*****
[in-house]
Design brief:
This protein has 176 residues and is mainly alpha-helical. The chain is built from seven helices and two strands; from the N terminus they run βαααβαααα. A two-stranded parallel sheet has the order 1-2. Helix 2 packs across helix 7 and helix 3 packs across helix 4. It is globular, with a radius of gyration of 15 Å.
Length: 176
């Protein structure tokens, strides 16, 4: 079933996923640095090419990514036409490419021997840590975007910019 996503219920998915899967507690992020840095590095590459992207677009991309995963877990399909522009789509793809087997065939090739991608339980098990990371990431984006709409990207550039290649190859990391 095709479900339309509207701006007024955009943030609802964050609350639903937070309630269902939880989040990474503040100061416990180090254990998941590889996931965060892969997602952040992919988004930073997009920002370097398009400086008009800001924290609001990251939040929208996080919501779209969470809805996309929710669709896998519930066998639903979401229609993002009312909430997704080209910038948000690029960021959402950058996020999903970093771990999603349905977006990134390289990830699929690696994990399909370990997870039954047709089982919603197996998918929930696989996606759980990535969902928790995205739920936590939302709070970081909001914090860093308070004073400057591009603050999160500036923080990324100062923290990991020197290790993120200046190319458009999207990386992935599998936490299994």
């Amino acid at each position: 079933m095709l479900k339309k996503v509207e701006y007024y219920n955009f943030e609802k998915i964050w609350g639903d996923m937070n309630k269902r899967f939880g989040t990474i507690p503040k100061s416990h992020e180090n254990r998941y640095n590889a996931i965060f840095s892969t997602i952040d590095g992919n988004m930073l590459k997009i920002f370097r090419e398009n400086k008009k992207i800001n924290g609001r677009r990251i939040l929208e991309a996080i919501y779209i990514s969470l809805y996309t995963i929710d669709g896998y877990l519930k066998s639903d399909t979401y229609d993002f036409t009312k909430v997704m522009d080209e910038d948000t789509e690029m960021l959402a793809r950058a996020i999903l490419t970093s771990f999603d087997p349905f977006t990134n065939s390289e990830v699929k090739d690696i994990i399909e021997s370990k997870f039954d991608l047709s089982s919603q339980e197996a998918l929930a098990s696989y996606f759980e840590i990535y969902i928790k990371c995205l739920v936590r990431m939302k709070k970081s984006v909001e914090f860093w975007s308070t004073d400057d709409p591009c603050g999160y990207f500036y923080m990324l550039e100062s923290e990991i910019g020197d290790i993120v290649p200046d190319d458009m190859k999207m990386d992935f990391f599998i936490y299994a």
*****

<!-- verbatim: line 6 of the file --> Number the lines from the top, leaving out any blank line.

């Amino acid at each position: 079933m095709l479900k339309k996503v509207e701006y007024y219920n955009f943030e609802k998915i964050w609350g639903d996923m937070n309630k269902r899967f939880g989040t990474i507690p503040k100061s416990h992020e180090n254990r998941y640095n590889a996931i965060f840095s892969t997602i952040d590095g992919n988004m930073l590459k997009i920002f370097r090419e398009n400086k008009k992207i800001n924290g609001r677009r990251i939040l929208e991309a996080i919501y779209i990514s969470l809805y996309t995963i929710d669709g896998y877990l519930k066998s639903d399909t979401y229609d993002f036409t009312k909430v997704m522009d080209e910038d948000t789509e690029m960021l959402a793809r950058a996020i999903l490419t970093s771990f999603d087997p349905f977006t990134n065939s390289e990830v699929k090739d690696i994990i399909e021997s370990k997870f039954d991608l047709s089982s919603q339980e197996a998918l929930a098990s696989y996606f759980e840590i990535y969902i928790k990371c995205l739920v936590r990431m939302k709070k970081s984006v909001e914090f860093w975007s308070t004073d400057d709409p591009c603050g999160y990207f500036y923080m990324l550039e100062s923290e990991i910019g020197d290790i993120v290649p200046d190319d458009m190859k999207m990386d992935f990391f599998i936490y299994a």